© 2009 Steven Wong

Hong Kong chop-socky wackiness, Part 3

So here’s my third and final post about some of the wacky stuff I saw in Hong Kong. This last one will not be a surprise to anyone who has lived in or visited the former British colony before, but this little thing never ceases to amaze me.

I think Hong Kong can be viewed as one massive experiment on free market economy. There’s no sales tax, low income taxes, little government intervention… In fact, the government does so little, it’s not even in the money-printing business. This, from what I have seen in my travels, is the lone exception to all the state-issued (and controlled) currency around the world. I mean, even the US government controls the printing of their dollars, and they are (supposedly) the bastion of capitalism and free trade.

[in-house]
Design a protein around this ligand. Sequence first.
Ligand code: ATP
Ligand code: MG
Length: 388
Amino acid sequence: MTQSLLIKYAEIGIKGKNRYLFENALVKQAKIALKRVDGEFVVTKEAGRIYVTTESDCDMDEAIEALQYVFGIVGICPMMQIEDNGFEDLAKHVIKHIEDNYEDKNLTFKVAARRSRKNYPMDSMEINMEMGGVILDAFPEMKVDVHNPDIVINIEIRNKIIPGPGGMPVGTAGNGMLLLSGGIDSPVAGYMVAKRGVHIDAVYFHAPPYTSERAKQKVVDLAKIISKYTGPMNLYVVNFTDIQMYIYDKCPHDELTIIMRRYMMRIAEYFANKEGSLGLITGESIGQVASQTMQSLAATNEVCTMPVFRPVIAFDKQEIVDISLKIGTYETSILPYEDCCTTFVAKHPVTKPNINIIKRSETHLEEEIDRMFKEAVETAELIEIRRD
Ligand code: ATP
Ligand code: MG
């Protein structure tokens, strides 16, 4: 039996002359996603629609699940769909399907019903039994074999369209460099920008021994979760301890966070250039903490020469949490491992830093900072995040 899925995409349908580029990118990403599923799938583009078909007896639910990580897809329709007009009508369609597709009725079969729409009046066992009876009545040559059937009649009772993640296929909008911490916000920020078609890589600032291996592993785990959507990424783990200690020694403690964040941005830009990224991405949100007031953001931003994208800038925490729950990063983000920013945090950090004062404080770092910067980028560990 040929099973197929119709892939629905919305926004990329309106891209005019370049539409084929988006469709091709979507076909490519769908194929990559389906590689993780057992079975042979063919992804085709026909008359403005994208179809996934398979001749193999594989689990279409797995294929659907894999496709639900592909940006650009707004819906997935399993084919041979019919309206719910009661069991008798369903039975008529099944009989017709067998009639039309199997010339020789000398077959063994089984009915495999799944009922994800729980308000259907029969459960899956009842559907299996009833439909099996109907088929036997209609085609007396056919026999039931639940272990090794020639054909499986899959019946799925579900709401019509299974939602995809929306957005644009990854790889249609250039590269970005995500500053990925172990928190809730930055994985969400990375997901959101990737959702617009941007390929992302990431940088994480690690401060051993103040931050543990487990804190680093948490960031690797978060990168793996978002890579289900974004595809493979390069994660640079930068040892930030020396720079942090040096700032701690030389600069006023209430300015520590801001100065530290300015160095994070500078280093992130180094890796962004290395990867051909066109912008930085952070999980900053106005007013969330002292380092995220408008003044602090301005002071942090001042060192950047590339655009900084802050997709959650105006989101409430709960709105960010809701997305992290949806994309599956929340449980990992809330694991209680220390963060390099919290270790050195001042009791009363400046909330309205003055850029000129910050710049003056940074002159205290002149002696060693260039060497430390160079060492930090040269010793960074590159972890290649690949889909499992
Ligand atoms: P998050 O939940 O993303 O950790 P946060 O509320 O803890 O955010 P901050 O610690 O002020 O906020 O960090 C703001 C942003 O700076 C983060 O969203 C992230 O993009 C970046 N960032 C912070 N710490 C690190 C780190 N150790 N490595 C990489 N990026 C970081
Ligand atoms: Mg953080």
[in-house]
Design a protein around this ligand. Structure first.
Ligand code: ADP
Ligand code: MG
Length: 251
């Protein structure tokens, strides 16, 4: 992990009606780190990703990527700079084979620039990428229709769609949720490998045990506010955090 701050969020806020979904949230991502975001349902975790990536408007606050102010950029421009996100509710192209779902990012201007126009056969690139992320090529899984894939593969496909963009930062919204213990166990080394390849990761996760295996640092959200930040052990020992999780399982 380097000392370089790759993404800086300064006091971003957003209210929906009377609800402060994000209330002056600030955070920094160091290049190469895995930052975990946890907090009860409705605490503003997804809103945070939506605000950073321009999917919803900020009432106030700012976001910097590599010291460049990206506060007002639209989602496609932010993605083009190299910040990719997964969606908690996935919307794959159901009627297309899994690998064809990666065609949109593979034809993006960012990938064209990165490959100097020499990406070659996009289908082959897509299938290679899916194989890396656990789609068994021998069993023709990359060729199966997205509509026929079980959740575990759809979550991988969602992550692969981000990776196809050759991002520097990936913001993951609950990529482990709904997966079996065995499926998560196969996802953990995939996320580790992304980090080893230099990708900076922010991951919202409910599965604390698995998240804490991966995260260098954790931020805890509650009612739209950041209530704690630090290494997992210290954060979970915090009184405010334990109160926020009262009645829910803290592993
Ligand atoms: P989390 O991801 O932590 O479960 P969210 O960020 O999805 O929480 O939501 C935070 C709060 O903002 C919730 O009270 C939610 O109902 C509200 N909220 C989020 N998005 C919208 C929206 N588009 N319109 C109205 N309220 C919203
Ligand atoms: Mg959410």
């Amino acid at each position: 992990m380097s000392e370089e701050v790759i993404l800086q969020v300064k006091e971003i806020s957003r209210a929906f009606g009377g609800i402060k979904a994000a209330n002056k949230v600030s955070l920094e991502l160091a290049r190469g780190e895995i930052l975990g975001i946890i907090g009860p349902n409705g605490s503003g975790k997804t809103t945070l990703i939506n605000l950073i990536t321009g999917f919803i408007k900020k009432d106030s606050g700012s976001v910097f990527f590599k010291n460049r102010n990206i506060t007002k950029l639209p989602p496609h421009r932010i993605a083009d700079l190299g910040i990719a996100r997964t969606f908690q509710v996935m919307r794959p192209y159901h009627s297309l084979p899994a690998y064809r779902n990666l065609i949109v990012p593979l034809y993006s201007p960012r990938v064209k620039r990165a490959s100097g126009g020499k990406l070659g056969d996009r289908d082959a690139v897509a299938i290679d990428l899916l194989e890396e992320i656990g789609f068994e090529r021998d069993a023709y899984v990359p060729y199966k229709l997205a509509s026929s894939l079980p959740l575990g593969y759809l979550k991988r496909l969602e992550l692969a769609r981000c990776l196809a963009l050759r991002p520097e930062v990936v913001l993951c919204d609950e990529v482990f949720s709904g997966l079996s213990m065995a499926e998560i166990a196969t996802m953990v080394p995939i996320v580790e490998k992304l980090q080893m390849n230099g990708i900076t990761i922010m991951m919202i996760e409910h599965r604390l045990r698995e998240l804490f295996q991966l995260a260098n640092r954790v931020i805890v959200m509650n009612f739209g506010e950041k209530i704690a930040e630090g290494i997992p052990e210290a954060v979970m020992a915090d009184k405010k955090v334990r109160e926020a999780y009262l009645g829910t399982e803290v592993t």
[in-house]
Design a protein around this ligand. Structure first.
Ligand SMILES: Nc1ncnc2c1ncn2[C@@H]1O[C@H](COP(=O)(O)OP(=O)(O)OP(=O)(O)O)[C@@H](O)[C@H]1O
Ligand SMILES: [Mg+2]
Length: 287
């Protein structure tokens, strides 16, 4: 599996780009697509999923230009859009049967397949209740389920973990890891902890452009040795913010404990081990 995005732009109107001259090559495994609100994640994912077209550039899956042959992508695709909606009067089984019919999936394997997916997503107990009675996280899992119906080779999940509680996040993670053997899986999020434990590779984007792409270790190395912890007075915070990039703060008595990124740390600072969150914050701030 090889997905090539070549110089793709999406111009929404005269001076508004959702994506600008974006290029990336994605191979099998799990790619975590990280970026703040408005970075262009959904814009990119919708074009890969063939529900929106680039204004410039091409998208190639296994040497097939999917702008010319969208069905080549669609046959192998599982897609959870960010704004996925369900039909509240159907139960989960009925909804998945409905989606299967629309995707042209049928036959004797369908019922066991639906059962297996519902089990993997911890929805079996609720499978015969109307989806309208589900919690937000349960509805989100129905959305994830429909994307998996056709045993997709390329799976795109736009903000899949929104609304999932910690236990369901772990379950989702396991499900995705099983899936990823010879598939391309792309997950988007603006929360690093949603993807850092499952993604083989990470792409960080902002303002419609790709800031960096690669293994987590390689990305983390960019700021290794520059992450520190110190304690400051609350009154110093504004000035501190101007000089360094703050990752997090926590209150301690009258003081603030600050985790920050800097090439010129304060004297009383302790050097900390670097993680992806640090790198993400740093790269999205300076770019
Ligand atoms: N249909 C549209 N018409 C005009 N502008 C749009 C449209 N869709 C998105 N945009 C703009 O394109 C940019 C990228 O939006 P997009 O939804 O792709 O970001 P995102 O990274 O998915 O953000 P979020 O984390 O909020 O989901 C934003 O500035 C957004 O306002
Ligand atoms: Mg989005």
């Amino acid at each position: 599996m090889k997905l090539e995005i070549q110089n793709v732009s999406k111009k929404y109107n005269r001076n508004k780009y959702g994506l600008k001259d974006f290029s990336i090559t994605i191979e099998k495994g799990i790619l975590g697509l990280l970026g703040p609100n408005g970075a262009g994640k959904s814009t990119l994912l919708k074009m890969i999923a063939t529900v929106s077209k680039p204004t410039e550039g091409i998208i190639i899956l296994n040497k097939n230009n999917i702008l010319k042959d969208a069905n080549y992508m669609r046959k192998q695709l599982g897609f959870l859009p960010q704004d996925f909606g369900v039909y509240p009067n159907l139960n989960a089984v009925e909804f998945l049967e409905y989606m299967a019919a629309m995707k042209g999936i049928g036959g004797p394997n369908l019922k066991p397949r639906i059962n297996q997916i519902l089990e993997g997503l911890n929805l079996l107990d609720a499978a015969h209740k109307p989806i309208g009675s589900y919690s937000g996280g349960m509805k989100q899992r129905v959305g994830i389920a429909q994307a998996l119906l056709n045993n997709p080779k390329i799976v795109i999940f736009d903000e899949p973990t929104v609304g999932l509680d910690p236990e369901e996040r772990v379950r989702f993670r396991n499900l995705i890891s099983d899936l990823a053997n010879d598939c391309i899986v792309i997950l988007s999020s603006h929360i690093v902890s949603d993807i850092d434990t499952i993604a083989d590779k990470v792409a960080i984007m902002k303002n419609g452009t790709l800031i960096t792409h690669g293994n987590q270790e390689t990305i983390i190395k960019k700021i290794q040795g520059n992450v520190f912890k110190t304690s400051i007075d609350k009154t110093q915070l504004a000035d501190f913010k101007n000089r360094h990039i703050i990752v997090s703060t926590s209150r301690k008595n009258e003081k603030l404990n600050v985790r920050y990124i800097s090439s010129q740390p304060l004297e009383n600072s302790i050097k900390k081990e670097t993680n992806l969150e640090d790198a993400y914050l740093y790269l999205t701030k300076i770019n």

Instead of a central bank and a mint, the task of creating paper money has been delegated to 3 banks: HSBC, Bank of China and Standard Chartered. Thankfully, there is an agreement or some kind of oversight regarding the size and colours of each denomination, but the design of each bill is up to the banks.

I find it rather amusing that 3 banks have this responsibility, especially for a population of maybe 6 or 7 million people. Maybe it’s a checks and balances kind of thing. After all, it would kinda suck if you only had one bank doing it and it went bankrupt.

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